The advantage of an unsynchronized system lies in that no synchronization is needed among neighboring bases and consequently its implementation will be much simpler. However, because the bases are uncoordinated, it is possible that their header messages will be overlapped in time and cannot all be monitored by a portable remote in the same frame. As a result, handoff monitoring will be slower.
It is, however, possible to reduce the header acquisition time, and hence, the handoff monitoring time, in several ways. For example, it was mentioned that each base transmits a header at the beginning of every frequency hop. This header could include a subset of the frequency hopping pattern table for that base. Thus, a remote can considerably shorten its monitoring time. While it is conceivable that the number of base header broadcasts within a hop could exceed one, it can be easily shown that the reduction in acquisition time is negligible.
Another way to reduce the acquisition delay is to monitor more than one frequency during a hop interval. This is advantageous if the hop interval is fairly large. This process has the effect of significantly reducing the average acquisition delay, but has drawback, in that the maximum acquisition delay has a finite probability of being infinite. This problem may be circumvented by introducing a fixed time delay into the frequency scanning process.
When monitoring in a loosely synchronized system the superframe structure of a base has a loose timing offset relationship with that of other bases. More specifically, the timing offset can be abounded random variable. Assuming the timing offset is always smaller than the amount that will cause interference to happen when noncontiguous cyclic shifts of the same frequency hopping patterns are used by different bases, we can greatly eliminate mutual interference.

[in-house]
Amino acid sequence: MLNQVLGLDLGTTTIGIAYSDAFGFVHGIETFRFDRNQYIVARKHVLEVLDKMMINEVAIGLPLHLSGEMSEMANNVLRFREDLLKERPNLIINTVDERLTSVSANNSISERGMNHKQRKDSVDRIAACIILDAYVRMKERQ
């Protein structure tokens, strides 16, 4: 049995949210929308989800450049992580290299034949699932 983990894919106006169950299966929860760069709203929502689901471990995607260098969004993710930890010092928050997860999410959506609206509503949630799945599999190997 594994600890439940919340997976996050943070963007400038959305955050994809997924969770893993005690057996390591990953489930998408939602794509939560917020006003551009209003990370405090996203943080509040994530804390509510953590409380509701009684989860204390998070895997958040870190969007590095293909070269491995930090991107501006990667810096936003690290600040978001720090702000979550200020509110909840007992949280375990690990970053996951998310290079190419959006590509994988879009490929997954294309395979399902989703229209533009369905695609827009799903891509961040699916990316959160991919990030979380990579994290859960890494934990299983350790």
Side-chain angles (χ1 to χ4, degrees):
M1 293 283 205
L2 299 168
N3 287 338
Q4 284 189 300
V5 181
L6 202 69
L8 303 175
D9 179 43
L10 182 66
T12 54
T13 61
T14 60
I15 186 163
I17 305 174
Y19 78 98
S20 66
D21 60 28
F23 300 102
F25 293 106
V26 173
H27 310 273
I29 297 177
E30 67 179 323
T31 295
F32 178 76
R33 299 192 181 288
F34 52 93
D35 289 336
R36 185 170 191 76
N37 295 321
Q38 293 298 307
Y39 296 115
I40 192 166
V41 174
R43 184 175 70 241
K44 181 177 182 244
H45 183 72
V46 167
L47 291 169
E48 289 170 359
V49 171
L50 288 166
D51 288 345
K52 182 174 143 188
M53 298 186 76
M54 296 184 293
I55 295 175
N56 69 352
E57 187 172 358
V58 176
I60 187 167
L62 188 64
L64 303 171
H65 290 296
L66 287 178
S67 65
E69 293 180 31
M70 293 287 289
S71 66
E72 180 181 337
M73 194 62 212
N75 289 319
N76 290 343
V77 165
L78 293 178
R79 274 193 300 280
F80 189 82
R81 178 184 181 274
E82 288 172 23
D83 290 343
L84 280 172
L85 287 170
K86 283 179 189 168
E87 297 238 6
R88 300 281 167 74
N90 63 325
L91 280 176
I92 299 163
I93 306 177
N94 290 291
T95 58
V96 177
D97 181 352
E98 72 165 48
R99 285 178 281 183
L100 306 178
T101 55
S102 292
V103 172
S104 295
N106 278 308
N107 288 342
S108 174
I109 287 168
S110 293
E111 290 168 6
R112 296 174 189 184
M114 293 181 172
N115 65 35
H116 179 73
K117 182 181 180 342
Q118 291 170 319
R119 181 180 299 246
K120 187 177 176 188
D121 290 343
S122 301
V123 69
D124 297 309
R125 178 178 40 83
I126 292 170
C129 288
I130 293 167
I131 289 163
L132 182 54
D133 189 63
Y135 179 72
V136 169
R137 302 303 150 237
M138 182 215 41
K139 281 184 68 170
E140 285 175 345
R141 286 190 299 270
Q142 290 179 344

For example, assuming synchronization errors among the bases are kept within the duration of a frame, then the following 4 patterns as shown in Table II below can be assigned to 4 neighboring bases without causing mutual interference.
TABLE II______________________________________0 1 2 3 4 5 6 7 ← for base No. 12 3 4 5 6 7 0 1 ← for base No. 24 5 6 7 0 1 2 3 ← for base No. 36 7 0 1 2 3 4 5 ← for base No.______________________________________ 4
Clearly, the number of patterns which can be used in a loosely synchronized system has been greatly reduced as compared to a synchronized system. The reduction factor depends on how accurate the loose synchronization is.
A base in a loosely synchronized system also tries to lock into both the superframe structure and the delay structure as shown in FIG. 8. From handoff operation point of view, a loosely synchronized system can be regarded as a combination of both a synchronized system and an unsynchronized system. It is like a synchronized system in the sense that both bases and portables can deduce both the frequency hopping pattern and the superframe delay of a neighboring base from the base's location index. On the other hand, it is more like an unsynchronized system in the sense that the knowledge of superframe delay is not precise. Therefore, initial monitoring window length for each neighboring bases should be long enough to accommodate the uncertainty in the superframe delay. After the first successful monitoring, the portable remote can reduce its monitoring window length in the subsequent monitorings.
The following discussion provides a simple example of handoff. It is assumed that a portable remote has obtained handoff monitoring information about its neighboring bases. This information can be very precise for a synchronized system and not precise for an unsynchronized system or a loosely synchronized system. In this section, a simple handoff example for a slow frequency hopping based indoor cellular radio network is described. The handoff example is general enough so that it can be applied to all the three systems described above. Here, RSSI is used as the major handoff indicator. The applications of other handoff indicators such as HOR and LV will be discussed in the next section.